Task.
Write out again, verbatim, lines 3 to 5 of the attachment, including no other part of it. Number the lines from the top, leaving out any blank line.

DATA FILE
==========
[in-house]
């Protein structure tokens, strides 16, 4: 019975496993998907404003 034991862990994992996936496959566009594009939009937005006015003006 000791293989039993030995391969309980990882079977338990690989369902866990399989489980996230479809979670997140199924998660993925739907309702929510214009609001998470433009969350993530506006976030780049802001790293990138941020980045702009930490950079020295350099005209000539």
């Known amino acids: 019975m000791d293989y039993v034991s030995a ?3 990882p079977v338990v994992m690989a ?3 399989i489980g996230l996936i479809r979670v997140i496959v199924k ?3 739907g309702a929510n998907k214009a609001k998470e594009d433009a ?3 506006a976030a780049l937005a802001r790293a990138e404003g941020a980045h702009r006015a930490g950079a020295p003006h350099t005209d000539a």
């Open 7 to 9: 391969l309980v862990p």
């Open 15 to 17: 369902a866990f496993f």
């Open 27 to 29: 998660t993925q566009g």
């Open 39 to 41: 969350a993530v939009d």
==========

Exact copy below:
């Known amino acids: 019975m000791d293989y039993v034991s030995a ?3 990882p079977v338990v994992m690989a ?3 399989i489980g996230l996936i479809r979670v997140i496959v199924k ?3 739907g309702a929510n998907k214009a609001k998470e594009d433009a ?3 506006a976030a780049l937005a802001r790293a990138e404003g941020a980045h702009r006015a930490g950079a020295p003006h350099t005209d000539a």
């Open 7 to 9: 391969l309980v862990p």
């Open 15 to 17: 369902a866990f496993f």